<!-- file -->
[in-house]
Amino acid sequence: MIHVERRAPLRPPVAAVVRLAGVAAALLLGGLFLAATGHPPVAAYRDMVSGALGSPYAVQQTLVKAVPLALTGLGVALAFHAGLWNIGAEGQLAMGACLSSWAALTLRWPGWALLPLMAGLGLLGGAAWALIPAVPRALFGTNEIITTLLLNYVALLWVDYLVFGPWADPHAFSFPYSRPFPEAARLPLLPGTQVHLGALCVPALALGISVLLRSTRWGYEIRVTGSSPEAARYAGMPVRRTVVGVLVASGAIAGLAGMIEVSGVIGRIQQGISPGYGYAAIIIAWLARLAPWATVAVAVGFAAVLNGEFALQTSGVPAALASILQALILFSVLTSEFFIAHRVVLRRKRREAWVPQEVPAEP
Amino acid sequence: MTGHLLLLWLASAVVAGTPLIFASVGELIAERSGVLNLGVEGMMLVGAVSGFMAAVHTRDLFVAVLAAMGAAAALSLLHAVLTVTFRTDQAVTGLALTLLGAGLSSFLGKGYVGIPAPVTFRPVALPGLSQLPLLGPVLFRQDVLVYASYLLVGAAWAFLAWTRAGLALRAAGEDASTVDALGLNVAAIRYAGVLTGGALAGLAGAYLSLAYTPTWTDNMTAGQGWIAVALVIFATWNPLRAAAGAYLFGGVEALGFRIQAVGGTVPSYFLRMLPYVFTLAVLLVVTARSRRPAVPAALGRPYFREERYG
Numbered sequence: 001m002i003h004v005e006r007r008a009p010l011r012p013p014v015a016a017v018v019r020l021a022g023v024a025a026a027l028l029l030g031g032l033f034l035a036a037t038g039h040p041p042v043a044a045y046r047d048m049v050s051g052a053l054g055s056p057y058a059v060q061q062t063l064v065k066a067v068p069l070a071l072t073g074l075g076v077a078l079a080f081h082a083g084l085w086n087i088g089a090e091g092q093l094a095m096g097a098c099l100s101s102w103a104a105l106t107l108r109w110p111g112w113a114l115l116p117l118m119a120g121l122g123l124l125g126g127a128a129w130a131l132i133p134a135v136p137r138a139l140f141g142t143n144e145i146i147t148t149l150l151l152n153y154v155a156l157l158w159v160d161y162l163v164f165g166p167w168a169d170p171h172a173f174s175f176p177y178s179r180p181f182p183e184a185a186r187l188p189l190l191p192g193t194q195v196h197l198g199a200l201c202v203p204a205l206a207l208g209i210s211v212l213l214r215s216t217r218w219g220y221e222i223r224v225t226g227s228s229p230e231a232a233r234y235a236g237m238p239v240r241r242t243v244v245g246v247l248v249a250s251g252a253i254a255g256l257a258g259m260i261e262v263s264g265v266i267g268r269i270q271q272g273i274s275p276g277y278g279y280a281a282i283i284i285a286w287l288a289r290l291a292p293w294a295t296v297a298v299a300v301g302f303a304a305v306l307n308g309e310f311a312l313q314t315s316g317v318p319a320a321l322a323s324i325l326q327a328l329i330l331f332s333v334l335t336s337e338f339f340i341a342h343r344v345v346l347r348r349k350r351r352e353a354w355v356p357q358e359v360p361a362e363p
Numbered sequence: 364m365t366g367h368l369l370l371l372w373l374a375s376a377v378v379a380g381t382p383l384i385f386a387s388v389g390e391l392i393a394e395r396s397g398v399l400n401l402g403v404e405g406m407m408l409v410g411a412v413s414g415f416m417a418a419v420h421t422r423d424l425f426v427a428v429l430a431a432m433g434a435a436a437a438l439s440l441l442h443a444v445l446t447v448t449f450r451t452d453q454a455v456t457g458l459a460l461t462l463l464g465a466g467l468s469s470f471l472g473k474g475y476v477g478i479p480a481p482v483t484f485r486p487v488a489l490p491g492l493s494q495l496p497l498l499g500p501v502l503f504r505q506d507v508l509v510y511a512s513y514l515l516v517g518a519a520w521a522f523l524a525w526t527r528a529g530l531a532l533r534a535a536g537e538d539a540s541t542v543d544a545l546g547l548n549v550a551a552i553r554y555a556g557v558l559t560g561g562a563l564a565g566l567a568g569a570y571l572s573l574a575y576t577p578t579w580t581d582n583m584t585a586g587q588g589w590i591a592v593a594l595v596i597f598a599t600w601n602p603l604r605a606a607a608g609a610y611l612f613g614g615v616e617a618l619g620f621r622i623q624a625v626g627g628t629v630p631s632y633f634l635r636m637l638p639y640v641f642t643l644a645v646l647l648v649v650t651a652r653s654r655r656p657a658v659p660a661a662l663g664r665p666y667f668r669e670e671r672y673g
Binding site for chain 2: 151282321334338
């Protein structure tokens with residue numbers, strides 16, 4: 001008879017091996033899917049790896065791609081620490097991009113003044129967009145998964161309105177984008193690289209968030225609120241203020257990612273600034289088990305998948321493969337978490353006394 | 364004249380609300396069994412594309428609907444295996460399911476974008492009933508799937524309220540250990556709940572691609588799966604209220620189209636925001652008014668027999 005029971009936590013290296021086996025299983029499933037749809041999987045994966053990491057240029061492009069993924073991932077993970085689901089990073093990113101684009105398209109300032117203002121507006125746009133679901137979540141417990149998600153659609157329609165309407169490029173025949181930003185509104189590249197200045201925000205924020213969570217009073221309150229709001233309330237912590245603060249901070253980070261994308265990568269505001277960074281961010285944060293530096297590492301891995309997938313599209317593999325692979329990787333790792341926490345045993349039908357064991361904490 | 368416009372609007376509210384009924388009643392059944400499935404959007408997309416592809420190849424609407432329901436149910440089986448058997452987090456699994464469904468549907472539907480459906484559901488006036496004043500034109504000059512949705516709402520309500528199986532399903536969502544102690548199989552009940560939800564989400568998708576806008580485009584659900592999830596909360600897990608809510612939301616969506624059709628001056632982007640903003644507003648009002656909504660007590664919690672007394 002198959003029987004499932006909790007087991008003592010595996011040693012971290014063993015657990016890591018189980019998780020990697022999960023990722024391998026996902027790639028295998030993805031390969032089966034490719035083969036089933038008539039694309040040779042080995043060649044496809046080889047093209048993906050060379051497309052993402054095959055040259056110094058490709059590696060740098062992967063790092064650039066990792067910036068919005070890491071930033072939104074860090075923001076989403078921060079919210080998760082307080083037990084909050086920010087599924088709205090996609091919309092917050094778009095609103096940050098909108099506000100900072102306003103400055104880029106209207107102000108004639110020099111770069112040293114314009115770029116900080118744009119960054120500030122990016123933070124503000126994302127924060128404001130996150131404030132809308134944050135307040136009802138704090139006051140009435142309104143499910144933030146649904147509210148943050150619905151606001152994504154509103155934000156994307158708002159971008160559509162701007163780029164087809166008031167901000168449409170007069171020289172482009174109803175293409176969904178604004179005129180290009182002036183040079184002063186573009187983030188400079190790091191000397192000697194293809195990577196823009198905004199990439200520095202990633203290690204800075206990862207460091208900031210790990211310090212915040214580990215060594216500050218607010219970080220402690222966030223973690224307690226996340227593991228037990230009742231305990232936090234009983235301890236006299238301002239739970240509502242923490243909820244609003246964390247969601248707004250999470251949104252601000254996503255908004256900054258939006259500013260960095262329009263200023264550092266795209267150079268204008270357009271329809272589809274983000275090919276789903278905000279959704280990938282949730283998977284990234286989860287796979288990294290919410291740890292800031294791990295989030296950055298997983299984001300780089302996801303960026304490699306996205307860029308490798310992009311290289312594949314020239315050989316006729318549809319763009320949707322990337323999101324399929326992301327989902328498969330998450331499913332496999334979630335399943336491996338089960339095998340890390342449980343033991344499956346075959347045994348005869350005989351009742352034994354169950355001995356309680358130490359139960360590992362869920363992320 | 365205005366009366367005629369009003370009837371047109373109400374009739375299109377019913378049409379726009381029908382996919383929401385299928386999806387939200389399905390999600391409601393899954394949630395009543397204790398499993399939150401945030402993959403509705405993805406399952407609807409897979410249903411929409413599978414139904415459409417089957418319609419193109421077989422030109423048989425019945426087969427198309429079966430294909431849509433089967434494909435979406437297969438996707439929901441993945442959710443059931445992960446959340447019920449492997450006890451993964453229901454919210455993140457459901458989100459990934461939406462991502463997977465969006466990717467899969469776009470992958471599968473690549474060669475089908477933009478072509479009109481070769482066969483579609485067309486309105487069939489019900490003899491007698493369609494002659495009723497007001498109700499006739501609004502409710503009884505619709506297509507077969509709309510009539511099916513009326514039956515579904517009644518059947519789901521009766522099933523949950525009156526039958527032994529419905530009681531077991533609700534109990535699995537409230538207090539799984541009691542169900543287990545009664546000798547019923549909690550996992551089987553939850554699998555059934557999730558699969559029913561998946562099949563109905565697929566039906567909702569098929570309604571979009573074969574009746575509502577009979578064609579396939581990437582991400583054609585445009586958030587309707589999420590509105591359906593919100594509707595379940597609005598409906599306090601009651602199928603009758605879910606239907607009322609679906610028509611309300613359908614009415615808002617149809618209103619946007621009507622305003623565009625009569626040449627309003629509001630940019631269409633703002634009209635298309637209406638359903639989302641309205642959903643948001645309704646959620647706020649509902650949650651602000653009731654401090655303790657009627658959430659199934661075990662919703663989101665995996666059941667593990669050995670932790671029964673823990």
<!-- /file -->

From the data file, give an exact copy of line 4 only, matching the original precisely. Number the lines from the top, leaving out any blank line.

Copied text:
Numbered sequence: 001m002i003h004v005e006r007r008a009p010l011r012p013p014v015a016a017v018v019r020l021a022g023v024a025a026a027l028l029l030g031g032l033f034l035a036a037t038g039h040p041p042v043a044a045y046r047d048m049v050s051g052a053l054g055s056p057y058a059v060q061q062t063l064v065k066a067v068p069l070a071l072t073g074l075g076v077a078l079a080f081h082a083g084l085w086n087i088g089a090e091g092q093l094a095m096g097a098c099l100s101s102w103a104a105l106t107l108r109w110p111g112w113a114l115l116p117l118m119a120g121l122g123l124l125g126g127a128a129w130a131l132i133p134a135v136p137r138a139l140f141g142t143n144e145i146i147t148t149l150l151l152n153y154v155a156l157l158w159v160d161y162l163v164f165g166p167w168a169d170p171h172a173f174s175f176p177y178s179r180p181f182p183e184a185a186r187l188p189l190l191p192g193t194q195v196h197l198g199a200l201c202v203p204a205l206a207l208g209i210s211v212l213l214r215s216t217r218w219g220y221e222i223r224v225t226g227s228s229p230e231a232a233r234y235a236g237m238p239v240r241r242t243v244v245g246v247l248v249a250s251g252a253i254a255g256l257a258g259m260i261e262v263s264g265v266i267g268r269i270q271q272g273i274s275p276g277y278g279y280a281a282i283i284i285a286w287l288a289r290l291a292p293w294a295t296v297a298v299a300v301g302f303a304a305v306l307n308g309e310f311a312l313q314t315s316g317v318p319a320a321l322a323s324i325l326q327a328l329i330l331f332s333v334l335t336s337e338f339f340i341a342h343r344v345v346l347r348r349k350r351r352e353a354w355v356p357q358e359v360p361a362e363p